Work Orders in Facilities Management
Work orders are an essential tool in facilities management that help keep stakeholders informed, organized and on task.
Traditionally, these documents have been filled out by hand and kept on file tucked away in a cabinet. That can make it difficult to share details of the work order with other stakeholders, track progress, have an at-a-glance view of costs associated with a job, and more.
These days, digital work orders and work order software have largely replaced physical copies to boost their efficiency and effectiveness.
But what goes into a work order, how many types are there, and what information should they include? Here are some need-to-knows about work orders and how they’re used in facilities management.
What is a work order?
A work order is a formal document that outlines authorized and/or approved work. They’re used in various industries and organizations to initiate and manage a specific task or project. This can include, but is not limited to, a maintenance or service request, cleaning, landscaping, and more.
A work order serves as a written directive that highlights the details of the work to be performed and provides instructions to the individuals or teams responsible for carrying out the job order.
Traditionally, pen and paper have been the typical method used for work request creation and documentation. While that is still a viable option for some industries and organizations, it’s important to consider other options so you’re confident that you’re making the right choice.
Alternative methods for work order creation include spreadsheets and dedicated software for creating digital work orders.
Work orders are an essential tool for organizing, tracking and documenting work activities. Most importantly, they serve as a communication tool that helps align staff or stakeholders on work that needs to be completed.
Work orders are common in many different industries; however, they are most expected in these industries:
- Facilities management
- Property management
- Service industries
Work request vs. work order
While similar and often confused, a work order and a work request are two distinct documents. Simply put, it can be described as idea vs. action—the work request being the initial document highlighting a need for work, and the work order being the one that authorizes the task.
The former is often sent by staff members or customers, while the latter is issued by the maintenance department responsible for completing the task.
Get started with a free work request template
Why are work orders important for facility management?
Facilities managers are responsible for overseeing and maintaining large physical spaces, which is already challenging. Work orders help these professionals keep a record of maintenance issues and actions so they can do their jobs more efficiently and effectively.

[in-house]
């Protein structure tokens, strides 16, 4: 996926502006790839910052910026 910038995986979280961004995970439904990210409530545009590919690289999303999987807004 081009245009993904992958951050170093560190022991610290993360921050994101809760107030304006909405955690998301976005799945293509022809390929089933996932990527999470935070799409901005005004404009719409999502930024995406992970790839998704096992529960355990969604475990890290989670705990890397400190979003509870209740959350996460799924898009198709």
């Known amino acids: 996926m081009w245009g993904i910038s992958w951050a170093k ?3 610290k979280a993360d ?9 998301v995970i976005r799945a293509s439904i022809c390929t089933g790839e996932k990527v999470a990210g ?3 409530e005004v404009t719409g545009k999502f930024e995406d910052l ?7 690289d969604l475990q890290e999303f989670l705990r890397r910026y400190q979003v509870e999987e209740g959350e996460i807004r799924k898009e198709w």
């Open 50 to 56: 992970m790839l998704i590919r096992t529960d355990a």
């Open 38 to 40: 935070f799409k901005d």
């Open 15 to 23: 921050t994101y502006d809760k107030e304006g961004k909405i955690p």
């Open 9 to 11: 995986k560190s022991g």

In facilities management, work orders help to accomplish the following:
- Structure maintenance department tasks and streamline the work order process
- Allocate resources
- Ensure adherence to safety and compliance regulations
- Optimize workflows and asset management
- Make it easier to document and report on projects
- Improve cost control
Types of work orders in facilities management
There are quite a few different types of work orders. However, as far as facilities management is concerned, some are more relevant than others.
Reactive maintenance work order
This refers to an order that’s created in reaction to an asset failure or realized need. For example, if an electrical failure happens and a request is issued, a reactive maintenance work order is created in response to address the request.
Routine maintenance work order
For items that require regular servicing on a recurring basis, like landscaping, a routine maintenance work order is used.
Inspection work order
This type of order is used when a technician or auditor needs to inspect the condition of a particular asset and may or may not require further maintenance.
Installation work order
When a new asset is being installed, an installation work order outlines the specifics of the installation, including estimated costs, duration, and even detailed instructions on how to complete the work.
Predictive maintenance work order
This type of work order is issued in response to a predicted need for maintenance based on collected data for a particular asset.
For example, if a piece of equipment is being monitored with sensors and the collected data shows the potential for failure in the near future, a predictive maintenance work order is generated.
Among these types, a more specific service order should be created based on the type of request. These can apply to a range of service types across a facility, including the following:
- And more
Given the range of work orders and service types, facilities managers start to run into obstacles when manually creating and managing a work request for a unique project.
With work order software, a maintenance manager is able to specify a particular type of work order request or task, like landscaping, and the platform will automatically filter form fields to include only relevant entries for that job.
This type of automation saves a lot of time on behalf of the maintenance manager. Not only is it easier to fill out, but also less complicated to file and reference in the future.
Information to include in a work order
To capture the necessary information about a job, it’s important to ensure that a work order includes fields for the most common and helpful data for that service.
With a dedicated work order software solution, many of these essential details can be automatically tracked, managed, and viewed more quickly than traditional methods.
Here’s what an optimal work order form should look like across different services and jobs:
- Work order number
- A unique identifier for tracking and reference purposes.
- Requester information
- Details of the person or department requesting the work, including their name, contact information, and any relevant identification or authorization codes.
- Description or scope of work